How to Use the Perl Array Pop() Function

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When writing a Perl script you might find it handy to use the pop() function, which looks like this:

Perl's pop() function is used to remove and return (or pop) the last element from an array, which reduces the number of elements by one. The last element in the array is the one with the highest index. It's easy to confuse this function with shift(), which removes the first element from an array.

An Example of Using the Perl Pop() Function

If you think of an array as a row of numbered boxes, going from left to right, it would be the element on the far right. The pop() function would cut the element off the right side of the array, return it, and reduce the elements by one. In the examples, the value of $oneName becomes 'Moe', the last element, and @myNames is shortened to ('Larry', 'Curly').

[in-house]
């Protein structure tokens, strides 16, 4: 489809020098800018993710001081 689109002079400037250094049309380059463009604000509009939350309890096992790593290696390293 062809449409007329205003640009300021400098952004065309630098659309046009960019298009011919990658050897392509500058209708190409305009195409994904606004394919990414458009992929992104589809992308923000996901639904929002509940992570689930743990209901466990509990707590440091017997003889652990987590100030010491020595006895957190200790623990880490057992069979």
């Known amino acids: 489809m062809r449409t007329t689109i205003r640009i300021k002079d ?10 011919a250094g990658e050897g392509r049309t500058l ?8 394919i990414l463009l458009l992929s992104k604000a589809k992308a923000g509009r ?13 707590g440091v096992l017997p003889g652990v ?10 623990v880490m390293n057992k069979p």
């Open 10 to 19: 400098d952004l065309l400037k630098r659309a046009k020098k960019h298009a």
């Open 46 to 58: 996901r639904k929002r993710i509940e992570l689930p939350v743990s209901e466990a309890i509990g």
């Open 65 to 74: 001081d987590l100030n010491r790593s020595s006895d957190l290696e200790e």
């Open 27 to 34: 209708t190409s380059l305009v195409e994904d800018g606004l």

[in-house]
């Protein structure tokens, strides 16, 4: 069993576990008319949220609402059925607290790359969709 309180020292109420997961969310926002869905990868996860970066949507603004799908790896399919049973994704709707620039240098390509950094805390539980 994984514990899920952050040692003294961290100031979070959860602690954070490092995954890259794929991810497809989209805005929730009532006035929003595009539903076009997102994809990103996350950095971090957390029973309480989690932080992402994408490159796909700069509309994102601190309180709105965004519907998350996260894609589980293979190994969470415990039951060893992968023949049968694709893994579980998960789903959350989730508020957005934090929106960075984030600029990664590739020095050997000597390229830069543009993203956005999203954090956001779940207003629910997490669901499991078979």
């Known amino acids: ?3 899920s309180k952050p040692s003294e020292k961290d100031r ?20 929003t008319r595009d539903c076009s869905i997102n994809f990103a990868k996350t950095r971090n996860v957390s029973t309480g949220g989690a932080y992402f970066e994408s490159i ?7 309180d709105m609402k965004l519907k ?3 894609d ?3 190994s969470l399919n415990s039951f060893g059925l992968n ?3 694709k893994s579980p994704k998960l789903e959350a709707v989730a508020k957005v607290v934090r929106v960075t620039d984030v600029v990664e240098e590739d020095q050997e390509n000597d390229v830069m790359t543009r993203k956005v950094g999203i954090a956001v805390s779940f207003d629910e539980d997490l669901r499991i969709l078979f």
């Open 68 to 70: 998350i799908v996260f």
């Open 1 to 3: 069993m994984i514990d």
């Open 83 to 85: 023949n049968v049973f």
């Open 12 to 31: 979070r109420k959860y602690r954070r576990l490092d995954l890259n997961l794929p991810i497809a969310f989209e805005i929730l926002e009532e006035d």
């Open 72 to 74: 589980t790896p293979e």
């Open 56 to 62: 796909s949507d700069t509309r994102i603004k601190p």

The array can also be thought of as a stack—picture of a stack of numbered boxes, starting with 0 on the top, and increasing as it goes down. The pop() function would pop the element off the bottom of the stack, return it, and reduce the elements by one.